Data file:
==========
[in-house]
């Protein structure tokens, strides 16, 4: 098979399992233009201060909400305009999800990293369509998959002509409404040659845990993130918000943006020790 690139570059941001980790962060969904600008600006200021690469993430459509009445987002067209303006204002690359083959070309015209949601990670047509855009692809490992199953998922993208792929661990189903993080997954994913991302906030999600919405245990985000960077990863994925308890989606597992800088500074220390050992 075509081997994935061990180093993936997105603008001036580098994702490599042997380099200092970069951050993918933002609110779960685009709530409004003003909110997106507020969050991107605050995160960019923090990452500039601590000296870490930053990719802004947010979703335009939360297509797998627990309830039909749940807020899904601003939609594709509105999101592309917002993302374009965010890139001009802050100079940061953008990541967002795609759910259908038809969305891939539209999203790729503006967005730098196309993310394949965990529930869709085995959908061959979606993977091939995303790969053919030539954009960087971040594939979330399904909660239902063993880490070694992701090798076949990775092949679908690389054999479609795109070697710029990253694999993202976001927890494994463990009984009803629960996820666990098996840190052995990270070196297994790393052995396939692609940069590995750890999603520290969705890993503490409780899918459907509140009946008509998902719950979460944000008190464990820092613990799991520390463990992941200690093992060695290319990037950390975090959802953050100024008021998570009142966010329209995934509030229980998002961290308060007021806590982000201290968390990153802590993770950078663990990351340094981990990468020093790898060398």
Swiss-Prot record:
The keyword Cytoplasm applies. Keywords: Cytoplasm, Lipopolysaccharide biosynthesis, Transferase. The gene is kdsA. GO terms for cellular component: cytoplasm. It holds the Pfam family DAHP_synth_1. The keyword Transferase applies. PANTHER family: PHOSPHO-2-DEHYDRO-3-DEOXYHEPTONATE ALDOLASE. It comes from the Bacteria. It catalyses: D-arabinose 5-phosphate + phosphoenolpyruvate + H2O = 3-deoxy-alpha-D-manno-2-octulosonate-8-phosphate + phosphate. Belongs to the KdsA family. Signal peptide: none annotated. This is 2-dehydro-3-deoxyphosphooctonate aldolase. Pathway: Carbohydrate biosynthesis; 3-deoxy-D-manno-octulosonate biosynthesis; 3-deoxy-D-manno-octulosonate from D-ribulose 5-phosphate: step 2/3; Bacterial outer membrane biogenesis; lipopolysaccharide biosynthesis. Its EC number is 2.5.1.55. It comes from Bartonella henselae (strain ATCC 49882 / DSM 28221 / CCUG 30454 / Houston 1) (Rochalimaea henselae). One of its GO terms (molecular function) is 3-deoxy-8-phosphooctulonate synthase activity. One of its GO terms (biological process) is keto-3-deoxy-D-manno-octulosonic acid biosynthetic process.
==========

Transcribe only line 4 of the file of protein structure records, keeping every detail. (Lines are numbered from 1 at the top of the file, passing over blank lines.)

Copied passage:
The keyword Cytoplasm applies. Keywords: Cytoplasm, Lipopolysaccharide biosynthesis, Transferase. The gene is kdsA. GO terms for cellular component: cytoplasm. It holds the Pfam family DAHP_synth_1. The keyword Transferase applies. PANTHER family: PHOSPHO-2-DEHYDRO-3-DEOXYHEPTONATE ALDOLASE. It comes from the Bacteria. It catalyses: D-arabinose 5-phosphate + phosphoenolpyruvate + H2O = 3-deoxy-alpha-D-manno-2-octulosonate-8-phosphate + phosphate. Belongs to the KdsA family. Signal peptide: none annotated. This is 2-dehydro-3-deoxyphosphooctonate aldolase. Pathway: Carbohydrate biosynthesis; 3-deoxy-D-manno-octulosonate biosynthesis; 3-deoxy-D-manno-octulosonate from D-ribulose 5-phosphate: step 2/3; Bacterial outer membrane biogenesis; lipopolysaccharide biosynthesis. Its EC number is 2.5.1.55. It comes from Bartonella henselae (strain ATCC 49882 / DSM 28221 / CCUG 30454 / Houston 1) (Rochalimaea henselae). One of its GO terms (molecular function) is 3-deoxy-8-phosphooctulonate synthase activity. One of its GO terms (biological process) is keto-3-deoxy-D-manno-octulosonic acid biosynthetic process.